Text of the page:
Level Up (A5E) Help with Mirror's Glint:Take Weapon confusion

tetrasodium

Legend
Supporter
Take Weapon says you can take the weapon and spend two more exertion to use it. It says nothing about eating the weapon--which, since it's an edged weapon, should do some damage going down. Also, since maneuvers are learned abilities, not innate ones, you'd have to figure out how the kraken learned a maneuver involving weapons that are toothpick-sized to it.
Ktraken has the ability to swallow things making it very much like a PC who declares that they stuff the fire giant's sword in their pack/bag of holding. Your quibble over how a CR25 monster could learn the take weapon maneuver seems to be a purely technical dance to distract from the fact that anyone (PC or monster) using take weapon could stow the stolen weapon somewhere that makes it entirely unrecoverable. There have been quite a few who said this was a nonissue already so why avoid it in such a way?
Trolls aren't very bright, but I suppose they could learn stuff. Still, this is an outlier, and in your example Alice, who is wielding a holy avenger, seems to have a grand total +2 to her Dex save. Assuming that she's a herald, she should be getting a bonus to her saves equal to her Charisma modifier--which should be pretty high, because she's a herald.
Again you are bringing up technicalities in the example, Alice could have been a strength based fighter/martial/berserker/etc with a mere 14 dex & the overlooked herald extra saves wouldn't help. She could also be a herald who simply rolled very badly.

Also, liches are CR 21 and basic trolls are CR 5 each, then assuming four guards, that's CR 41, right there. By the time that this is anything other than an impossible challenge for the party, the Alice will have probably have lots of other tricks to help her retain her hold on her weapon, like expertise die.
Why are you assuming 4 guards? can the lich & trolls not be trying to escape from the PCs in an encounter that the PCs could be expected to handle. Does changing the lich to some other lower CR creature capable of casting dimension door like a (CR6 mage) not remove your complaint with the technicalities of the example encounter while still maintaining the problem? Why target technicalities of an example to dismiss it rather than the problem the example is used to illustrate?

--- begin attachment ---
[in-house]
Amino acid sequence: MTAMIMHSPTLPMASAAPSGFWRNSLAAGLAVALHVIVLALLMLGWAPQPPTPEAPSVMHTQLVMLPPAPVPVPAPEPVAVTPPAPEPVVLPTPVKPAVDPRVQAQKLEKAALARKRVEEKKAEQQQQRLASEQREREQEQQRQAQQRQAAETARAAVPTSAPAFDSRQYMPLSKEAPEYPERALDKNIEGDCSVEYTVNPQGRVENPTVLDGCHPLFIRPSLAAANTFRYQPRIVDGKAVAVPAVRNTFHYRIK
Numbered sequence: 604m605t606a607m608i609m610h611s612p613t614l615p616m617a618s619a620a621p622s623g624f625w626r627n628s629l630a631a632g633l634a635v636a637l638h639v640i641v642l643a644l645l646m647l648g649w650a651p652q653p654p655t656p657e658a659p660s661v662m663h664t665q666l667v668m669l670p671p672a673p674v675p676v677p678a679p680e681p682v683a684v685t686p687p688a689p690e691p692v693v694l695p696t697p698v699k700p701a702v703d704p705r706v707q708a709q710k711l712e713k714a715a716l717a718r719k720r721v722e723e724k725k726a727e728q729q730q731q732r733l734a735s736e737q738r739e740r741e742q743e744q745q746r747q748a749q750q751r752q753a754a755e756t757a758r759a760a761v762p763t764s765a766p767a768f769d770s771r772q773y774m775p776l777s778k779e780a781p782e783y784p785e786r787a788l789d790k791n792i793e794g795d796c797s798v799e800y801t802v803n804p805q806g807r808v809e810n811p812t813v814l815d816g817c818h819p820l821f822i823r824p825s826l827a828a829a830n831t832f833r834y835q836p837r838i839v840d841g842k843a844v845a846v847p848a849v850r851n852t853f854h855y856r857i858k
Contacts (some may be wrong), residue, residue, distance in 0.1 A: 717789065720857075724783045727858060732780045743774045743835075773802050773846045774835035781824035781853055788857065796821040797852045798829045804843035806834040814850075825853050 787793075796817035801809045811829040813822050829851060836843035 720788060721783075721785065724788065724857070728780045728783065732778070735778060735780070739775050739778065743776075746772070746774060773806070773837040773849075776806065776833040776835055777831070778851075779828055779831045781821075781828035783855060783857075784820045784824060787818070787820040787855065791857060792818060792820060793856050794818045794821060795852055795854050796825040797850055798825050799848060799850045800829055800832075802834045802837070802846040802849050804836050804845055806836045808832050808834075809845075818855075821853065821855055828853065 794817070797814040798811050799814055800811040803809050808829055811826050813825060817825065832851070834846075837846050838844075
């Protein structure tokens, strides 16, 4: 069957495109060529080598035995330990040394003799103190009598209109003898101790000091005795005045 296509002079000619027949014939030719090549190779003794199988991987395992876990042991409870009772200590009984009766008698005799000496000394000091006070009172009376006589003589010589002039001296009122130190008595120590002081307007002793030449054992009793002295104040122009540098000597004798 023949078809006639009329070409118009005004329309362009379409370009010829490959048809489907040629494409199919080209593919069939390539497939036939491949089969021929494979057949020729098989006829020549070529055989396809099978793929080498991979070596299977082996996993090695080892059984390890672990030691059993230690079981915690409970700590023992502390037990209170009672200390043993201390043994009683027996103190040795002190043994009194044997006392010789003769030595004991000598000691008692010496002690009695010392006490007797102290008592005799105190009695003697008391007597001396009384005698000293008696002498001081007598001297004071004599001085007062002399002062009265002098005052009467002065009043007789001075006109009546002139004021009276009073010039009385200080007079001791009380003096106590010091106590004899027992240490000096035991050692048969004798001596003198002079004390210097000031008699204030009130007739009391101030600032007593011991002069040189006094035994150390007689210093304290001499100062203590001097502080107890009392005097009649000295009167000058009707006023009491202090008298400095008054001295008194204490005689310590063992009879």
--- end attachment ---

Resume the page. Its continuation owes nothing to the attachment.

Even if she's not a herald, then she should have some other abilities--and possibly inspiration to spend on rerolling saves.
She could, but if she's a strength based character those other abilities will usually rely on having a very nice weapon & if you need to resort to citing that inspiration could possibly allow a reroll it's shining a spotlight on the problem that the target could just use take weapon again the next time she attacks it. Eventually it will run out of excertion, but so will her supply of weapons.
 

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lichmaster

Adventurer
I think you are mistaken & the implied bad GM'ing is not helpful.
The outcome of the game is ALWAYS dependent on the GM, there's really not much else to say about this. It may not depend entirely on his/her choices, but it has a major impact on the game. Encounter design and running is entirely up to them, no amount of rules can save the game from ill intentions.
In the first example I chose a monster that should always be a dangerous big deal, it happens to also have a maneuver DC over what a strength build with a nat20 could achieve showing that a single dex save for such a powerful result is over the top.
Sure, but I don't see a reason for a Kraken to ever learn the Take weapon manouvre. It would make way more sense for it to just grab and swallow whole the PC, instead of focusing on a weapon he may barely be able to see.
In the second example I used a lich with trolls inspired by the War Trolls employed by the DoSK in eberron, surely plate clad weapon wearing trolls being used by a Lich qualify as monsters with significant martial training? It was an example though so I simplified it to troll bodyguards & a lich, is a lich not capable of plausibly employing guards with significant martial training?